On LeverageHardison often acts this way, especially in comparison to adrenaline junkie Parker or badass Elliot. While he often complains about the situations he goes into, he never actually backs down.
The Lone Gunmen: Byers is a meek, mild-tempered guy - except when you ask him to look the other way on an injustice. Then, he suddenly develops enough balls to call out one of the most frightening members of The Conspiracy right to his face.
Once Upon a Time: Archie (or Jiminy) was such an Extreme Doormat that he gave up his humanity just to get away from his thieving family. However, Regina made the mistake of trying to trying to interfere in his treatment for Henry. Instant backbone and set of Brass Balls showed up, and he threatened her by saying that he could be a deciding factor if Emma wanted to sue Regina for custody of the kid.
The Second Doctor is the only one who often shows open fear of villains and monsters when cornered by them. (When other Doctors occasionally do it, it's always a serious Oh, Crap! moment.) His Catchphrase is "When I say run, run!". Nevertheless, he's as heroic in his actions as any of the others.
Turlough, during the Fifth Doctor's run, is a mix of this between this and Lovable Coward. He's only with the Doctor because of circumstances, and runs away from things and hates danger, but when it's needed he mans up and does what's right.
Methos on Highlander: The Series preached the gospel of running and hiding, but frequently walked coolly into danger for his friends.
Monroe of Grimm has elements of this. He is nervous, easily flustered, tries to avoid unpleasant confrontations—but when push comes to shove he will rip someone's arm off, throw a rather hefty man all the way across the room, and rip the throat out of a gun-wielding thug.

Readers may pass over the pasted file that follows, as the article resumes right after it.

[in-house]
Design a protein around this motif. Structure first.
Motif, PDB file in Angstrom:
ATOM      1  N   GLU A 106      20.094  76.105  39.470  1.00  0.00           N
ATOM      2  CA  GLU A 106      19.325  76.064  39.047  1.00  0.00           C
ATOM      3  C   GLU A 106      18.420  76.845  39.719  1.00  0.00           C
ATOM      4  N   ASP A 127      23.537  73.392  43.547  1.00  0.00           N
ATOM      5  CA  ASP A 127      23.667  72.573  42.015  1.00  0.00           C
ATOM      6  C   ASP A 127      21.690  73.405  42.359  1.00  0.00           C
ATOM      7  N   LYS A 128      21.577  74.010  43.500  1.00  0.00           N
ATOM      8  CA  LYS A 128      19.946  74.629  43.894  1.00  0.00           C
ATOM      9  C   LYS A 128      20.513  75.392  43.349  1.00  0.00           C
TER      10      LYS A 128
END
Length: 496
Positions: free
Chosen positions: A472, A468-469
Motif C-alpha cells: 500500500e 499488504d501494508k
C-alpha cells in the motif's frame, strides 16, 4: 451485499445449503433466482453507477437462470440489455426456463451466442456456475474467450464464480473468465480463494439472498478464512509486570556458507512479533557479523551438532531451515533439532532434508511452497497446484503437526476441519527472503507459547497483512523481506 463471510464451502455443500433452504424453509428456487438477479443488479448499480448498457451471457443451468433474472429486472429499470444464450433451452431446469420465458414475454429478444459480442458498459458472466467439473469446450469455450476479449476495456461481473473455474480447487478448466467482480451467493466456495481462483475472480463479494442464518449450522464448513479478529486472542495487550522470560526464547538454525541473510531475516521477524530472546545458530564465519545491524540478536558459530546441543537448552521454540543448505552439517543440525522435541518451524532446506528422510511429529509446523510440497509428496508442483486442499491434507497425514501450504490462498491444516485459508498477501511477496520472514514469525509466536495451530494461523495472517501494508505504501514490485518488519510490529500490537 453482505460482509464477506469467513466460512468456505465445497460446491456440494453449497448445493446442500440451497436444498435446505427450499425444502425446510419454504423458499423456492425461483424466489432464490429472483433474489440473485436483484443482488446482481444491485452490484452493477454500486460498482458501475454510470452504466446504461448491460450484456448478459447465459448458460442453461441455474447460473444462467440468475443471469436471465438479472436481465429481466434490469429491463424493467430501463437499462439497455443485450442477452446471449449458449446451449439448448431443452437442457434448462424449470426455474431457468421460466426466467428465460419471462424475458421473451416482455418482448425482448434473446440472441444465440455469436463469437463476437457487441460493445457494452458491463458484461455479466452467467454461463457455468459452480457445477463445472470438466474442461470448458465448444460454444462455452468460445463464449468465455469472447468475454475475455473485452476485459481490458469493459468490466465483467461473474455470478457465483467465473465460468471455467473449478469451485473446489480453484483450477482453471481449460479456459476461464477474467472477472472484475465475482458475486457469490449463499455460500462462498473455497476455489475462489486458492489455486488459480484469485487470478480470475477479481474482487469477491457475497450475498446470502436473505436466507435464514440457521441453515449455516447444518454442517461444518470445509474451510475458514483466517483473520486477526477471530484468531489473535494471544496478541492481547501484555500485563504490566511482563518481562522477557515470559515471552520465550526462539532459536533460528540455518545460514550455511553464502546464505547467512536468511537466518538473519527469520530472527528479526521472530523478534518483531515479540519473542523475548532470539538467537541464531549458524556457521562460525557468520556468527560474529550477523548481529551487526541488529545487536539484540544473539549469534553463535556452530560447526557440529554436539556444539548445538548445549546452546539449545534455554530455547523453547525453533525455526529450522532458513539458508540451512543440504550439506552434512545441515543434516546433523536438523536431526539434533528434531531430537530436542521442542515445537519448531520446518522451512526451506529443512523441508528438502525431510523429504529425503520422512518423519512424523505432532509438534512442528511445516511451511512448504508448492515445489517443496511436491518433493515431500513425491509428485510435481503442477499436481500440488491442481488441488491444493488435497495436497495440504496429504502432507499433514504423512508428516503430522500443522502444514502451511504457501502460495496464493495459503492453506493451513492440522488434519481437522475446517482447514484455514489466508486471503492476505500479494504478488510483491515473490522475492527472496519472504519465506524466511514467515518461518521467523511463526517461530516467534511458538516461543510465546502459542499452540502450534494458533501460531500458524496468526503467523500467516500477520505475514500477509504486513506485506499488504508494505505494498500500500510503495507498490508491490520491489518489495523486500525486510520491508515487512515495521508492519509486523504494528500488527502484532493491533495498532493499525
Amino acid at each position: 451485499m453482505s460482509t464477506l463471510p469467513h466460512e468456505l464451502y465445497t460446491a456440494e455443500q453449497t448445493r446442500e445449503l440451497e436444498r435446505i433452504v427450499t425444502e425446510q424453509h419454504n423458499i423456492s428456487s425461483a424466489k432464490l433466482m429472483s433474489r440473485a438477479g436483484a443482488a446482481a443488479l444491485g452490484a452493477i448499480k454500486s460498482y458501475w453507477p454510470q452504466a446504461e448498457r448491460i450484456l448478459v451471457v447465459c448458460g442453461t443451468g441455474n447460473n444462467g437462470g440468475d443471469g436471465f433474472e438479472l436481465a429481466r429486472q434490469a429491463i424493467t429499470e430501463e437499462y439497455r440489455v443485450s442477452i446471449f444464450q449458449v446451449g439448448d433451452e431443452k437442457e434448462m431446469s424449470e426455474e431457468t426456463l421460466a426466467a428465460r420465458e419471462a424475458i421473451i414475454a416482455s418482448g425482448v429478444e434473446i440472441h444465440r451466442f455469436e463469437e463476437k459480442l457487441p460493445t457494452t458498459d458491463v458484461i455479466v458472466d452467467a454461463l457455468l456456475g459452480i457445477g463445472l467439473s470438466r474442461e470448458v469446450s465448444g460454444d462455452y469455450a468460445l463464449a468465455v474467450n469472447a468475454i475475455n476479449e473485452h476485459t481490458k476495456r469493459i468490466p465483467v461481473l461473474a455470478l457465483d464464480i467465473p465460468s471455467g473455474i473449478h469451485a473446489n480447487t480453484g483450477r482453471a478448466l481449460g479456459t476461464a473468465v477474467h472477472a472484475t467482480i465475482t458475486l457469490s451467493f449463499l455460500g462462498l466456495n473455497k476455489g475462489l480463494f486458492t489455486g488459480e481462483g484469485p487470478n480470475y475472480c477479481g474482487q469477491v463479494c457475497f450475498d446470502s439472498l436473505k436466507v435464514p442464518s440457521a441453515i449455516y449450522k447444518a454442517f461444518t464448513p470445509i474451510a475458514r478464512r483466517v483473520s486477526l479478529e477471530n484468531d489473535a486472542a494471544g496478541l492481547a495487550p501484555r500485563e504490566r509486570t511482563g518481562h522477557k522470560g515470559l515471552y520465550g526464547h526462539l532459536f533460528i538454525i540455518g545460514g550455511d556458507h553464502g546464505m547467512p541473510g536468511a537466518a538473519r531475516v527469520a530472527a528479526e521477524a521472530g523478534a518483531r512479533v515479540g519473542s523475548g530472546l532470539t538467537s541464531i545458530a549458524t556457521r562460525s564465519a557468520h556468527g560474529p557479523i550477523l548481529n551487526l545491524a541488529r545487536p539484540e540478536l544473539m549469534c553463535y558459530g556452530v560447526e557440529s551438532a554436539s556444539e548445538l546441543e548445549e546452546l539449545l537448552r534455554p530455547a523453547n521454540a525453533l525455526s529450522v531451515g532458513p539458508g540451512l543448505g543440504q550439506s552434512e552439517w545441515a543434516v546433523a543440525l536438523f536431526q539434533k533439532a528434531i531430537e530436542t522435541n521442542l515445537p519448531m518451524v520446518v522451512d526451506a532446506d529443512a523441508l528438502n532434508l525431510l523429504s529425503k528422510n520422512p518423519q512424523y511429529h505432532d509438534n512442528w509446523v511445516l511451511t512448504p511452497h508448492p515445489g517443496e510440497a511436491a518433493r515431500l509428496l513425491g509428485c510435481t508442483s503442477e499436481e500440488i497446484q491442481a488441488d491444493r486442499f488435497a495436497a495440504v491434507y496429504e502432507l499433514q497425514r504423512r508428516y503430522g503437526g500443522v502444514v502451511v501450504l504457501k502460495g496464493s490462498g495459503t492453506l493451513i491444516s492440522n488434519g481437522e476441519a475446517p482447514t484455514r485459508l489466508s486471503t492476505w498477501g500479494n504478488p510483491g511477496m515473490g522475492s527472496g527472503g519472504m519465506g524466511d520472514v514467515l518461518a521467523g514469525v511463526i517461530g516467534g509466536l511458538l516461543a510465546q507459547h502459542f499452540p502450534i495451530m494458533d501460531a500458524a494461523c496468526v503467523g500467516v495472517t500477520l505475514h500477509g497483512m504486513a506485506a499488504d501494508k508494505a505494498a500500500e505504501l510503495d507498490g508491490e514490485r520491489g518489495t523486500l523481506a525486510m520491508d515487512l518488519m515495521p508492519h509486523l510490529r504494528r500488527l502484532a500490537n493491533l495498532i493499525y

Captain Edmund Blackadder of Blackadder Goes Forth always actively tries to shirk dangerous duties, and spends most of the series trying to avoid leaving his trench, but whenever he is thrust into a life-threatening situation (captured, court-martialed, sent on recon missions) he is just as calm and collected as he is sitting back in his safe, warm hidey-hole. Most fans consider him less a coward and more unwilling to die needlessly, and, to be honest, getting out of World War I is a pretty sympathetic motivation.
Don Dogoier/ Gokai Green from Kaizoku Sentai Gokaiger. He hides,trips, falls,and hurts himself by punching his own hand doing a pose. He's also shown to be capable of fending off Mooks with a broom, can land a hurricanrana, and has been shown to be strong enough to crack the mooks' necks on at least two occassions.
El Chapulín Colorado runs around this trope as the eponymous superhero is extremely coward (as it's an Affectionate Parody of Tokusatsu movies). Chespirito always said that this was intentional as the real hero wasn't the one without fear but the one that even with fear still did the right thing.
Like a lot of real life people with chronic pain, House tries to avoid emotional pain as much as possible. It never works out well for him; Don't You Dare Pity Me! is firmly in place when letting people in could actually help, going back to the Vicodin because he was afraid is the final straw for Cuddy being with him and he's near passing out from the flames in the finale when he has a Eureka Moment that he can stop being afraid and self sabotaging, and actually change.